CND asks court to tie attack to new UN resolution

David Pallister
Tuesday December 10, 2002
The Guardian

The Campaign for Nuclear Disarmament yesterday began an unprecedented action in the high court which seeks a judicial declaration that it would be unlawful for Britain to go to war with Iraq without a new, explicit UN resolution.

The preliminary hearing for permission to go ahead with the action is the first time a government has been challenged in the courts over the possibility of a declaration of war.

Rabinder Singh QC, for CND, said that UN security council resolution 1441 of November 8 set out Saddam Hussein's disarmament obligations, but did not authorise the use of armed force if it was breached.

The application named the prime minister as well as the foreign secretary Jack Straw and the defence secretary Geoff Hoon as defendants.

Before Lord Justice Simon Brown, sitting with Mr Justice Maurice Kay and Mr Justice Richards, Mr Singh urged the court to reject the government's claim that it had no power to hear the challenge, that CND lacked standing to bring the case, and that the application was "premature".

Mr Singh said: "There is every reason why the court should grant a declaration as to the meaning of resolution 1441 now. If there is a war against Iraq without a fresh resolution and it subsequently turns out that in law there should not have been one, it will literally be too late."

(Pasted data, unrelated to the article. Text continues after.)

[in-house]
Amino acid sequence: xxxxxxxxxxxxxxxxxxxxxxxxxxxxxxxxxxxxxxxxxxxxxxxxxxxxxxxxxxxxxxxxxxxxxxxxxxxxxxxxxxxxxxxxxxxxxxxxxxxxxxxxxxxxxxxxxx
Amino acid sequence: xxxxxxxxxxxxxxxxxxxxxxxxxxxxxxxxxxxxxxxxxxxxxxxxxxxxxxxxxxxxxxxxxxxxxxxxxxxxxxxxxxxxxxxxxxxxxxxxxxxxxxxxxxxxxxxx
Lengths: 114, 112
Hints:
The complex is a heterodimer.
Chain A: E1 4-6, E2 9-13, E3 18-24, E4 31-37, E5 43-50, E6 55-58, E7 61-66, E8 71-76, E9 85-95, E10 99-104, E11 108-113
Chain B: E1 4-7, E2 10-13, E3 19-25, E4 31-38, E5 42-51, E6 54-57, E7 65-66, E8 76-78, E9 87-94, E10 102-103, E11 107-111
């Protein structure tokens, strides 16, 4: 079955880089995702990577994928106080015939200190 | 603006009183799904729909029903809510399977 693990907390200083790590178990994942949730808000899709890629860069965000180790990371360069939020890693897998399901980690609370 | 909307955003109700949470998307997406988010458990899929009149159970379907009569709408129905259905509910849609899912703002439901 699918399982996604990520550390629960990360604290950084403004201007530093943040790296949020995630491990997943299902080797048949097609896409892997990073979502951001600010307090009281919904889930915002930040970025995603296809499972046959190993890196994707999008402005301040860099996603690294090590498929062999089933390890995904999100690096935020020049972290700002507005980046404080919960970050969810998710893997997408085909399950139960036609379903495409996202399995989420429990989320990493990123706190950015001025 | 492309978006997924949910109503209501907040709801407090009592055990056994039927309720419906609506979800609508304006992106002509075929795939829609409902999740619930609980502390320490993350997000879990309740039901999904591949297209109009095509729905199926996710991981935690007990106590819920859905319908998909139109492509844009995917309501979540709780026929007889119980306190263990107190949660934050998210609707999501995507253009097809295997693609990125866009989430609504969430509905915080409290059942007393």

He rejected the government's position that CND was trying to "dictate the conduct of foreign policy". All it was seeking was a legal interpretation of international law.

Two of the judges ruled last week that the exceptional nature of the case justified their making an order that, if CND loses, it would have to find a maximum of #25,000 in costs.

Outside court, the veteran former Labour MP Tony Benn said: "This has to be done because a world without international law would be back to the jungle. We simply can't allow that to happen. If there is a victory in this one it would really change the course of British politics."

Mr Singh argued that there was a "general principle of international law" prohibiting force unless it was in self-defence or specifically authorised by the security council. Neither of those exceptions to the principle applied. Yet Mr Straw and Mr Hoon had both made statements which suggested that Britain would act without a new UN mandate.

In its defence, the government will argue that it has deliberately refused to define its legal position because of the "highly sensitive issues concerning the international relations of the UK".

The case continues.